Plant defense resistance in natural enemies of a specialist insect herbivore

Zhang, Xi; van Doan, Cong; Arce, Carla C. M.; Hu, Lingfei; Gruenig, Sandra; Parisod, Christian; Hibbard, Bruce E.; Hervé, Maxime R.; Nielson, Chad; Robert, Christelle A. M.; Machado, Ricardo A. R.; Erb, Matthias (2019). Plant defense resistance in natural enemies of a specialist insect herbivore. Proceedings of the National Academy of Sciences of the United States of America - PNAS, 116(46), pp. 23174-23181. National Academy of Sciences NAS 10.1073/pnas.1912599116

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Plants defend themselves against herbivores through the production of toxic and deterrent metabolites. Adapted herbivores can tolerate and sometimes sequester these metabolites, allowing them to feed on defended plants and become toxic to their own enemies. Can herbivore natural enemies overcome sequestered plant defense metabolites to prey on adapted herbivores? To address this question, we studied how entomopathogenic nematodes cope with benzoxazinoid defense metabolites that are produced by grasses and sequestered by a specialist maize herbivore, the western corn rootworm. We find that nematodes from US maize fields in regions in which the western corn rootworm was present over the last 50 y are behaviorally and metabolically resistant to sequestered benzoxazinoids and more infective toward the western corn rootworm than nematodes from other parts of the world. Exposure of a benzoxazinoid-susceptible nematode strain to the western corn rootworm for 5 generations results in higher behavioral and metabolic resistance and benzoxazinoid-dependent infectivity toward the western corn rootworm. Thus, herbivores that are exposed to a plant defense sequestering herbivore can evolve both behavioral and metabolic resistance to plant defense metabolites, and these traits are associated with higher infectivity toward a defense sequestering herbivore. We conclude that plant defense metabolites that are transferred through adapted herbivores may result in the evolution of resistance in herbivore natural enemies. Our study also identifies plant defense resistance as a potential target for the improvement of biological control agents.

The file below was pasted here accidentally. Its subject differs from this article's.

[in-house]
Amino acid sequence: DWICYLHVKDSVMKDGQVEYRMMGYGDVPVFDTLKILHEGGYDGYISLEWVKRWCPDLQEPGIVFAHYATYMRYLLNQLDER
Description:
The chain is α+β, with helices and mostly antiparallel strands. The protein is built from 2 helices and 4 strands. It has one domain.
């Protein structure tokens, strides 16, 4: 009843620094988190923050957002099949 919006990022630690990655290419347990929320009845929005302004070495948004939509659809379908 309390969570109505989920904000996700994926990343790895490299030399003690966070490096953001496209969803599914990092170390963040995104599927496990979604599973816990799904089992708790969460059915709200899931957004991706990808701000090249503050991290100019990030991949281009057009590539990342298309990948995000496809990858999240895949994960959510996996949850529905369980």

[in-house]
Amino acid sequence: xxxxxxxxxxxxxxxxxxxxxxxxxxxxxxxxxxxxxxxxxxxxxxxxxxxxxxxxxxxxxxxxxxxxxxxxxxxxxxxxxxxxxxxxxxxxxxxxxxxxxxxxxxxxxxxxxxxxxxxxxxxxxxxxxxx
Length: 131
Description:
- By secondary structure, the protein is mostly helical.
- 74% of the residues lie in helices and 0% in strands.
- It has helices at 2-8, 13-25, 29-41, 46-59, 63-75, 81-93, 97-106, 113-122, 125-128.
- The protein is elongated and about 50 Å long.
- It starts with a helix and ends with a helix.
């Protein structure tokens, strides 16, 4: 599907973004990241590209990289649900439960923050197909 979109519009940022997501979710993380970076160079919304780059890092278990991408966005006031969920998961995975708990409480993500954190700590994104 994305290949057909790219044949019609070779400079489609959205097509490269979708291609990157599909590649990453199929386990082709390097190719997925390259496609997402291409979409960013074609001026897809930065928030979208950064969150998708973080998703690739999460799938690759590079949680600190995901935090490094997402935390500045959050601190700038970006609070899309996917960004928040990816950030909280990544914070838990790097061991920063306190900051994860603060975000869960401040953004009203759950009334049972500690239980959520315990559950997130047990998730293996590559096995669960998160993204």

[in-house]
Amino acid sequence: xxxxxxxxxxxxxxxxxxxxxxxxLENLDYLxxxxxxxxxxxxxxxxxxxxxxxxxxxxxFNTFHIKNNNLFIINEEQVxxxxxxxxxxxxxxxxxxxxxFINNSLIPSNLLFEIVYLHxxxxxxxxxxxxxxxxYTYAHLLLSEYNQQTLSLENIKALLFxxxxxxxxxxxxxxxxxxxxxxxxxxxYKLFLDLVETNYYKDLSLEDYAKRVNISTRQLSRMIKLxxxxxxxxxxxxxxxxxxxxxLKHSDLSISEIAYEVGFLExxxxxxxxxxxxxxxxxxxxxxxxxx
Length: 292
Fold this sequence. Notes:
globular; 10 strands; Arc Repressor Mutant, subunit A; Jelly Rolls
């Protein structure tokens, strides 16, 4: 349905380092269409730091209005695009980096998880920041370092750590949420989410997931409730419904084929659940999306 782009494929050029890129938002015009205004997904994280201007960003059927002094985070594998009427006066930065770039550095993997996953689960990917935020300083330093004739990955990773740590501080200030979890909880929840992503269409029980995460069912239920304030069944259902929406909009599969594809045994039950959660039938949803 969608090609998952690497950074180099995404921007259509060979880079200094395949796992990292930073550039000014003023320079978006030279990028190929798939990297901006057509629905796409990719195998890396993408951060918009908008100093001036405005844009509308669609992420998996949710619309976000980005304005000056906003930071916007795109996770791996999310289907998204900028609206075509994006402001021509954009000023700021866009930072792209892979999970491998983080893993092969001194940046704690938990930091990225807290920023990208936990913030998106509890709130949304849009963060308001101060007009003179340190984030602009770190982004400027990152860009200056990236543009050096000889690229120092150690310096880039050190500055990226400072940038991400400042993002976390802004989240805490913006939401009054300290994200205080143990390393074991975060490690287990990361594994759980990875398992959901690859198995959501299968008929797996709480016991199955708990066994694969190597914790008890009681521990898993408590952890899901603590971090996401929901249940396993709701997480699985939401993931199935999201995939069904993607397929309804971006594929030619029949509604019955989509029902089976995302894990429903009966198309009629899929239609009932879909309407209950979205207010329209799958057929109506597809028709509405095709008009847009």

Item Type:

Journal Article (Original Article)

Division/Institute:

08 Faculty of Science > Department of Biology > Institute of Plant Sciences (IPS)
08 Faculty of Science > Department of Biology > Institute of Plant Sciences (IPS) > Ecological Genomics
08 Faculty of Science > Department of Biology > Institute of Plant Sciences (IPS) > Biotic Interactions

UniBE Contributor:

Zhang, Xi; Doan, Van Cong; Marques Arce, Carla Cristina; Hu, Lingfei; Grünig, Sandra; Parisod, Christian Gérard; Hervé, Maxime; Robert, Christelle Aurélie Maud; Machado, Ricardo and Erb, Matthias

Subjects:

500 Science > 580 Plants (Botany)

ISSN:

0027-8424

Publisher:

National Academy of Sciences NAS

Language:

English

Submitter:

Peter Alfred von Ballmoos-Haas

Date Deposited:

20 Nov 2019 15:07

Last Modified:

20 Nov 2019 15:07

Publisher DOI:

10.1073/pnas.1912599116

PubMed ID:

31659056

Uncontrolled Keywords:

tritrophic interactions; plant secondary metabolism; biological contro; lplant–herbivore interactions; coevolutionary arms race

BORIS DOI:

10.7892/boris.135368

URI:

https://boris.unibe.ch/id/eprint/135368

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